my_plugin_id = mysqlnd_plugin_register();
  /* snip - see Extending Connection: methods */

static MY_CONN_PROPERTIES** get_conn_properties(const MYSQLND *conn TSRMLS_DC) {
  props = (MY_CONN_PROPERTIES**)mysqlnd_plugin_get_plugin_connection_data(
    conn, my_plugin_id);
  if (!props || !(*props)) {
    *props = mnd_pecalloc(1, sizeof(MY_CONN_PROPERTIES), conn->persistent);
    (*props)->query_counter = 0;
  return props;

The plugin developer is responsible for the management of plugin data memory.

Use of the mysqlnd memory allocator is recommended for plugin data. These functions are named using the convention: mnd_*loc(). The mysqlnd allocator has some useful features, such as the ability to use a debug allocator in a non-debug build.

When and how to subclass

  When to subclass? Each instance has its own private function table? How to subclass?
Connection (MYSQLND) MINIT No mysqlnd_conn_get_methods()
Resultset (MYSQLND_RES) MINIT or later Yes mysqlnd_result_get_methods() or object method function table manipulation
Resultset Meta (MYSQLND_RES_METADATA) MINIT No mysqlnd_result_metadata_get_methods()
Statement (MYSQLND_STMT) MINIT No mysqlnd_stmt_get_methods()
Network (MYSQLND_NET) MINIT or later Yes mysqlnd_net_get_methods() or object method function table manipulation
Wire protocol (MYSQLND_PROTOCOL) MINIT or later Yes mysqlnd_protocol_get_methods() or object method function table manipulation

You must not manipulate function tables at any time later than MINIT if it is not allowed according to the above table.

Some classes contain a pointer to the method function table. All instances of such a class will share the same function table. To avoid chaos, in particular in threaded environments, such function tables must only be manipulated during MINIT.

Other classes use copies of a globally shared function table. The class function table copy is created together with the object. Each object uses its own function table. This gives you two options: you can manipulate the default function table of an object at MINIT, and you can additionally refine methods of an object without impacting other instances of the same class.

The advantage of the shared function table approach is performance. There is no need to copy a function table for each and every object.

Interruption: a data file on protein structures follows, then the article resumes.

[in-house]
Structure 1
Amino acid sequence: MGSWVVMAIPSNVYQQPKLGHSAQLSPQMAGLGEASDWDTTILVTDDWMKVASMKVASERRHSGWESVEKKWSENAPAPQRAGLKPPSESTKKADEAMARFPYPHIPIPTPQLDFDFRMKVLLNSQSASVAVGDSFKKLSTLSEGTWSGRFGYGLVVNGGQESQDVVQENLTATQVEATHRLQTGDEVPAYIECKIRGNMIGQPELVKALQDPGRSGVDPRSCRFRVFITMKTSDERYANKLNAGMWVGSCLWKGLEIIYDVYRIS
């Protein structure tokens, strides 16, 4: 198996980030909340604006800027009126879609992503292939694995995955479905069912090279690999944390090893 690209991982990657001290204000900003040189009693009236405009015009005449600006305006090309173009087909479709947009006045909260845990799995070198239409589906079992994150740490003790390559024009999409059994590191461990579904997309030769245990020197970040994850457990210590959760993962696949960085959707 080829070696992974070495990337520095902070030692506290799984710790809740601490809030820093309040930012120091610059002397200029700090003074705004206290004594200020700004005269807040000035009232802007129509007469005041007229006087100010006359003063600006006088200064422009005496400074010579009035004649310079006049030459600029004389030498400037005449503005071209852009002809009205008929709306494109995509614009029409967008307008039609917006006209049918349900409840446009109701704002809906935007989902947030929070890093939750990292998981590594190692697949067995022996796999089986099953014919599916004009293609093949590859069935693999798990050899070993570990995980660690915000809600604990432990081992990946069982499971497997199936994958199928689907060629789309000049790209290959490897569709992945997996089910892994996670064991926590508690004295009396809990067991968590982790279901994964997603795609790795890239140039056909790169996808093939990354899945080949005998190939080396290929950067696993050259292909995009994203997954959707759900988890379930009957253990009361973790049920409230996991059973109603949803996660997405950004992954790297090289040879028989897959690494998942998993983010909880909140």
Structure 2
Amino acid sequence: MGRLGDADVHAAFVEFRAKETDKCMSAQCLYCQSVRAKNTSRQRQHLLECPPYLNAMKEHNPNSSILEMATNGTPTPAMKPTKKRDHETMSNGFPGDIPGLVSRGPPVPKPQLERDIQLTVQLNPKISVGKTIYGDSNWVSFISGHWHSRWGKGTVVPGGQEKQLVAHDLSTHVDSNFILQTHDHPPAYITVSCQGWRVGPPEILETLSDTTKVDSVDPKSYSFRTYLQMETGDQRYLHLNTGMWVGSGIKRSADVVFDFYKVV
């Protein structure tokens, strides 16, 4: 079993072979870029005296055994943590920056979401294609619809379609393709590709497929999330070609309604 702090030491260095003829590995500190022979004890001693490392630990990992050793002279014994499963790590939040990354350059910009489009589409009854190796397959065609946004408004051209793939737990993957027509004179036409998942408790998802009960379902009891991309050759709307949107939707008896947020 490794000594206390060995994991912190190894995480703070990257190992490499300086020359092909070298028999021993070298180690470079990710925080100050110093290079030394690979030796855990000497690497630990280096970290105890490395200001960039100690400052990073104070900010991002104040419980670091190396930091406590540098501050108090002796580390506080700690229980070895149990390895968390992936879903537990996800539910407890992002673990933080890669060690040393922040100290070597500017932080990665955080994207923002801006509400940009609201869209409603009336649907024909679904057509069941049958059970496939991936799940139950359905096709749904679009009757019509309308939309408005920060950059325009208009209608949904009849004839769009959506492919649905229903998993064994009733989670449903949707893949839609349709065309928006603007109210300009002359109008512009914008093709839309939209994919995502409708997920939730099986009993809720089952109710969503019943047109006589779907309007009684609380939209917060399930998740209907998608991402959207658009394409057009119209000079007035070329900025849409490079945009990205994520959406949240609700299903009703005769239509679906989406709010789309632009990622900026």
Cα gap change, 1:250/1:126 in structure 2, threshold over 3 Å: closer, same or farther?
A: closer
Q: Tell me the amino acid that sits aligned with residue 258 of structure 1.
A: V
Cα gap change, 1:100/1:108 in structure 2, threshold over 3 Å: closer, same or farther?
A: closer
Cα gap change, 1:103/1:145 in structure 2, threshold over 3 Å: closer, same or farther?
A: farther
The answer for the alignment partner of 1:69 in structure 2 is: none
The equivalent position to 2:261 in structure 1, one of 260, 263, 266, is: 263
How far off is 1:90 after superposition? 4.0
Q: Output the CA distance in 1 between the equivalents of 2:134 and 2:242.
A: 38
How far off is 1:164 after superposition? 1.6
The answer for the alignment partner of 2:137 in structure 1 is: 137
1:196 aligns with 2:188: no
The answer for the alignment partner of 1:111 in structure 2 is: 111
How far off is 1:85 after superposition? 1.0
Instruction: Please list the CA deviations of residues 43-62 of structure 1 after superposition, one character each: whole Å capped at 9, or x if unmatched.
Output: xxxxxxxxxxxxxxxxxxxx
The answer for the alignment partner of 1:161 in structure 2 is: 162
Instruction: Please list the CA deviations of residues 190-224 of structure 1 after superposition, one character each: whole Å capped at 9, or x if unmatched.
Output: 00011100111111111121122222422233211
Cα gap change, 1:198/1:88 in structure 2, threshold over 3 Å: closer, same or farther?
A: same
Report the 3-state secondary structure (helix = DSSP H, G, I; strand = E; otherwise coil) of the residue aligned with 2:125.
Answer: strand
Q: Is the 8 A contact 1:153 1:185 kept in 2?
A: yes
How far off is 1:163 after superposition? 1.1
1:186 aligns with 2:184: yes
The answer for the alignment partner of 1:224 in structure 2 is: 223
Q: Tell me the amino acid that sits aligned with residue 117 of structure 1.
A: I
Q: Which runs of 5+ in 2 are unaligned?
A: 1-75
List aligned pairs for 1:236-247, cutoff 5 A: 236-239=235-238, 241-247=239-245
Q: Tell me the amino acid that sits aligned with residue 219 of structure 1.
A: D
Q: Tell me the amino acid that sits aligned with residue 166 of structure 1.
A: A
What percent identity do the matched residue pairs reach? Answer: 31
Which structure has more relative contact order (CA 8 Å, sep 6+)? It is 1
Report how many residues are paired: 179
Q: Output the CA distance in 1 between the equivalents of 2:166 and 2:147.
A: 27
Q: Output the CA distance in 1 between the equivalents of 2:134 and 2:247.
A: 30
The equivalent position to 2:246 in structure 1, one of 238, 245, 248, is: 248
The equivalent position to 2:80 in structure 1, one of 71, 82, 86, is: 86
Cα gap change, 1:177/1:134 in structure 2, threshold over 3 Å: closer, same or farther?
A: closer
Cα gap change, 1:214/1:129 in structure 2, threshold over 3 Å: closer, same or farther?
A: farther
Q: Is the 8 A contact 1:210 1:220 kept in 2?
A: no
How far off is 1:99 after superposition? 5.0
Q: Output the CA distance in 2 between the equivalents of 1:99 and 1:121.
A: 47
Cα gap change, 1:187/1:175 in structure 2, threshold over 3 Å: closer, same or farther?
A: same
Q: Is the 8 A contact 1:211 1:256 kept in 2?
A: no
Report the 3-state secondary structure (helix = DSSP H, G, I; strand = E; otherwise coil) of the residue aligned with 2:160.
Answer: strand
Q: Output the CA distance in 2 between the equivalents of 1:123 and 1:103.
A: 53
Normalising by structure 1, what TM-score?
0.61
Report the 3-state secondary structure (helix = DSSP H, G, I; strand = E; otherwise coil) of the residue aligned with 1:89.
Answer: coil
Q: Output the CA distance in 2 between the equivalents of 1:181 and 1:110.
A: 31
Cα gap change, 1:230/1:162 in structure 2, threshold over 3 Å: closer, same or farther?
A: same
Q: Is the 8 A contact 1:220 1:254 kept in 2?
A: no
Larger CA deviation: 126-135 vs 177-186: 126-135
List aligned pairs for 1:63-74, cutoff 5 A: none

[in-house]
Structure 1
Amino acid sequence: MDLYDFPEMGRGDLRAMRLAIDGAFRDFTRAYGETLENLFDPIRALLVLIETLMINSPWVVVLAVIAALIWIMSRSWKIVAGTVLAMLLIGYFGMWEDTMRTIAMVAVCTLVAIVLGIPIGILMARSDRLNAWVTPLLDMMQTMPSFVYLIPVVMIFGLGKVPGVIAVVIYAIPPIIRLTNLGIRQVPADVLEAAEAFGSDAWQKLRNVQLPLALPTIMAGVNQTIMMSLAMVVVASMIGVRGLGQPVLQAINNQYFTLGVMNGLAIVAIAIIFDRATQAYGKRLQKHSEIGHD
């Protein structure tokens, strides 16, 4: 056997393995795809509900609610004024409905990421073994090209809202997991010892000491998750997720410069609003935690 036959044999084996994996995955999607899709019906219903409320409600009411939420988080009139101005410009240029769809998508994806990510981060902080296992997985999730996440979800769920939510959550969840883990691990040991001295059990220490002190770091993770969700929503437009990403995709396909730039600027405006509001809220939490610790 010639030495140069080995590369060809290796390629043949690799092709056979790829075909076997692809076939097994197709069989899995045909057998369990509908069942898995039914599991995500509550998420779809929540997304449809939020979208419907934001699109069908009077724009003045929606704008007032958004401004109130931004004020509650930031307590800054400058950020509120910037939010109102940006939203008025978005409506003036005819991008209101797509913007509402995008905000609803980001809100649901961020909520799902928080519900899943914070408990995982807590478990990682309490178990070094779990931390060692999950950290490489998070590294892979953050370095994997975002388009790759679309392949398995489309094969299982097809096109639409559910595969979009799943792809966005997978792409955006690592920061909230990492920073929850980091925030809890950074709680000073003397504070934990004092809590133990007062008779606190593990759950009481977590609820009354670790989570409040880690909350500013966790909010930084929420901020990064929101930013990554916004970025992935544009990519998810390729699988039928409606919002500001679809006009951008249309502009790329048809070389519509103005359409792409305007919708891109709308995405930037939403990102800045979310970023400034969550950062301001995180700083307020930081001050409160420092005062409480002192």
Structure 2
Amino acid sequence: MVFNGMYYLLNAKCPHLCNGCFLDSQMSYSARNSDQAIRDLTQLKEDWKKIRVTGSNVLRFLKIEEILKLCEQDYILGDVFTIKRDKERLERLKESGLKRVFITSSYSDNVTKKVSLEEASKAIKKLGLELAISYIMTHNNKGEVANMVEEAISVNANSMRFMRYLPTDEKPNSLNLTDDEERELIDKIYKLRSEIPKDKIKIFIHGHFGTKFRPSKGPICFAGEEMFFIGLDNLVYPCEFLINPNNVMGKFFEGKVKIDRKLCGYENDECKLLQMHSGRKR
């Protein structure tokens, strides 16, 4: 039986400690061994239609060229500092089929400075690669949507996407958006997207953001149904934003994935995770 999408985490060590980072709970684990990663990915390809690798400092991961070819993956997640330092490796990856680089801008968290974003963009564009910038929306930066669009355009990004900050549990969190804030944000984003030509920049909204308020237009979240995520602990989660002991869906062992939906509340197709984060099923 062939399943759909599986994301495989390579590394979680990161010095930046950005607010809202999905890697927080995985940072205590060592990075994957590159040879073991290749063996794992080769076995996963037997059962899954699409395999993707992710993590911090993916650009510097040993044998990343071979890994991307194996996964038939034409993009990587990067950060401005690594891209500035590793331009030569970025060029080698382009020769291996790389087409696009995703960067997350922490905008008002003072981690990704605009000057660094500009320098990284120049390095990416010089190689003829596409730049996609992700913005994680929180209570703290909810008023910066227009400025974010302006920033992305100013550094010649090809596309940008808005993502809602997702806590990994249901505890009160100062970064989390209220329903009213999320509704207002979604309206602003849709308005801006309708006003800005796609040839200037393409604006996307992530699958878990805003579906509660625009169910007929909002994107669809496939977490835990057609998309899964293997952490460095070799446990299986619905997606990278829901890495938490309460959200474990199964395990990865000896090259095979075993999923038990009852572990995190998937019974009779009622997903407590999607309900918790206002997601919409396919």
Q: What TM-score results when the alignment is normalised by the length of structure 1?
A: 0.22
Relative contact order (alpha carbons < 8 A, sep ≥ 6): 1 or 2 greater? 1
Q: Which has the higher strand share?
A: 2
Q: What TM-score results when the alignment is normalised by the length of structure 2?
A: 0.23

Allocation, construction, reset Can be modified? Caller
Connection (MYSQLND) mysqlnd_init() No mysqlnd_connect()


  • Connection::result_init()

Reset and re-initialized during:

  • Result::use_result()

  • Result::store_result

Yes, but call parent!
  • Connection::list_fields()

  • Statement::get_result()

  • Statement::prepare() (Metadata only)

  • Statement::resultMetaData()

Resultset Meta (MYSQLND_RES_METADATA) Connection::result_meta_init() Yes, but call parent! Result::read_result_metadata()
Statement (MYSQLND_STMT) Connection::stmt_init() Yes, but call parent! Connection::stmt_init()
Network (MYSQLND_NET) mysqlnd_net_init() No Connection::init()
Wire protocol (MYSQLND_PROTOCOL) mysqlnd_protocol_init() No Connection::init()

It is strongly recommended that you do not entirely replace a constructor. The constructors perform memory allocations. The memory allocations are vital for the mysqlnd plugin API and the object logic of mysqlnd. If you do not care about warnings and insist on hooking the constructors, you should at least call the parent constructor before doing anything in your constructor.

Regardless of all warnings, it can be useful to subclass constructors. Constructors are the perfect place for modifying the function tables of objects with non-shared object tables, such as Resultset, Network, Wire Protocol.


  Derived method must call parent? Destructor
Connection yes, after method execution free_contents(), end_psession()
Resultset yes, after method execution free_result()
Resultset Meta yes, after method execution free()
Statement yes, after method execution dtor(), free_stmt_content()
Network yes, after method execution free()
Wire protocol yes, after method execution free()

The destructors are the appropriate place to free properties, mysqlnd_plugin_get_plugin_<object>_data().

The listed destructors may not be equivalent to the actual mysqlnd method freeing the object itself. However, they are the best possible place for you to hook in and free your plugin data. As with constructors you may replace the methods entirely but this is not recommended. If multiple methods are listed in the above table you will need to hook all of the listed methods and free your plugin data in whichever method is called first by mysqlnd.

The recommended method for plugins is to simply hook the methods, free your memory and call the parent implementation immediately following this.


Due to a bug in PHP versions 5.3.0 to 5.3.3, plugins do not associate plugin data with a persistent connection. This is because ext/mysql and ext/mysqli do not trigger all the necessary mysqlnd end_psession() method calls and the plugin may therefore leak memory. This has been fixed in PHP 5.3.4.